Is it the developer, the architect, the builder, the developer, the building owner or project manager? Or is it the quantity surveyor?
Responses to Warner’s questions from David Madden – Founding Director of quantity surveying and advisory firm mbm, Richard Deed – Associate Director at construction and property specialist WT Partnership, Alan Graef – Estimating Manager at Watpac Construction, and Rod Anderson – National Estimating Manager at construction group Built, shed light on this issue.
When is the optimum time for a QS to identify when pre-fabrication is applicable?
David Madden – “Depending on the extent of pre-fabrication intended, it may be required prior to concept design (for a whole building) or by the contractor at the time of trade letting (combined services on cable trays or prefabricated bathrooms).”
Richard Deed – “Concept phase prior to schematic design/detailed design so the design can be developed efficiently.”
Alan Graef – “Pre-fabrication should ideally be considered at the feasibility stage as the extent of offsite modules and their integration can have significant impact on the design. Cost benefit analysis should reflect the benefits of early involvement to ensure that the design develops to reflect the pre-fabrication and considers all aspects e.g. time benefits normally related to offsite fabrication along with reduced defects etc.”
“Pre-fabrication should ideally be considered at the feasibility stage as the extent of offsite modules and their integration can have significant impact on the design. Cost benefit analysis should reflect the benefits of early involvement to ensure that the design develops to reflect the pre-fabrication and considers all aspects e.g. time benefits normally related to offsite fabrication along with reduced defects etc.”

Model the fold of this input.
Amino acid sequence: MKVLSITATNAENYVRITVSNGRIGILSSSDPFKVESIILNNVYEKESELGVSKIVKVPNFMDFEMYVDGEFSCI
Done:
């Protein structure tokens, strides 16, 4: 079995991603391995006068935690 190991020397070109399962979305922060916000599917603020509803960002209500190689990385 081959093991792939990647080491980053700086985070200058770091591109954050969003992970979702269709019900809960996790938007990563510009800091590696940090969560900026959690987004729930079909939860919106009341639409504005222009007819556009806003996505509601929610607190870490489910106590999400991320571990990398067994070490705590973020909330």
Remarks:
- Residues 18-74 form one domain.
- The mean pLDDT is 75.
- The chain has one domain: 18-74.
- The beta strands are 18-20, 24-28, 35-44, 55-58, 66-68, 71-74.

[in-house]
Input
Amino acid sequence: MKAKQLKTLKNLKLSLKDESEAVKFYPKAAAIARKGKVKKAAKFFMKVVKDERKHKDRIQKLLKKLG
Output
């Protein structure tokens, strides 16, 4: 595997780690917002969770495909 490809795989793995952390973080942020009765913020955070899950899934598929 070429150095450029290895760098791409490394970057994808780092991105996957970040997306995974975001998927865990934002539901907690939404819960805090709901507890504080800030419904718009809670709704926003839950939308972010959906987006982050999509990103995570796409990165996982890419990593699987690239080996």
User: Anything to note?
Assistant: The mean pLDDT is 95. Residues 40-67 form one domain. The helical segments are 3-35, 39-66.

Alan Graef, Estimating Manager, Watpac Construction.
Rod Anderson – “With an understanding of the client’s requirements, initial concept phase to influence the design and drive the consultants, during this early stage, to think about simplifying aspects of a project and making components repetitious.”
What are the characteristics of a project that leads to pre-fabrication being integrated into the build?
David Madden – “A repeatable product such as bathrooms, kitchens, classrooms. For whole projects, again repeatable i.e. primary and secondary school buildings. Remote projects i.e. 500km from a rural city centre.”
Richard Deed – “When a project has to be accelerated on site. When constructability on site is difficult, durability can be increased in offsite production and potential cost savings can be gained based on the program length/overheads.”
Alan Graef – “Repetition is one of the most significant characteristics in successfully implementing a pre-fabricated or modular solution. Trade availability, or lack thereof, can also play a significant part in the consideration of pre-fabricated options, for example in rural or remote communities.”
Rod Anderson – “Mindset of the client, in the first instance. The availability of local labour/project location and the amount of repetition of a project whether it be bathrooms, hotel rooms, custody cells or the like.”
What are the inhibitors to integrating prefabrication into construction projects?
David Madden – “Inhibitors include contractor reluctance; limited players in Australia due to our population and remoteness from Europe and China; high costs about 30% more in city areas unless this is for bathrooms and the like; current labour shortage, the high cost of manufacturing.”
Richard Deed – “Quality of product being compromised by the installation process and installation/transport from offsite leading to the pre-fabrication being more costly.”
Alan Graef – “Co-ordination and the early investment in completing the design are one of the main inhibitors in pre-fabrication. Pre-fabrication or modularisation are often considered too late to be able to fully benefit.”
Rod Anderson – “There’s a tendency for developers to not want too much repetition in their projects. Pre-fabrication is relatively new to the market and it’s yet to be proven if it saves considerable time and money.”■
Grant Warner – CEO, Australian Institute of Quantity Surveyors (AIQS)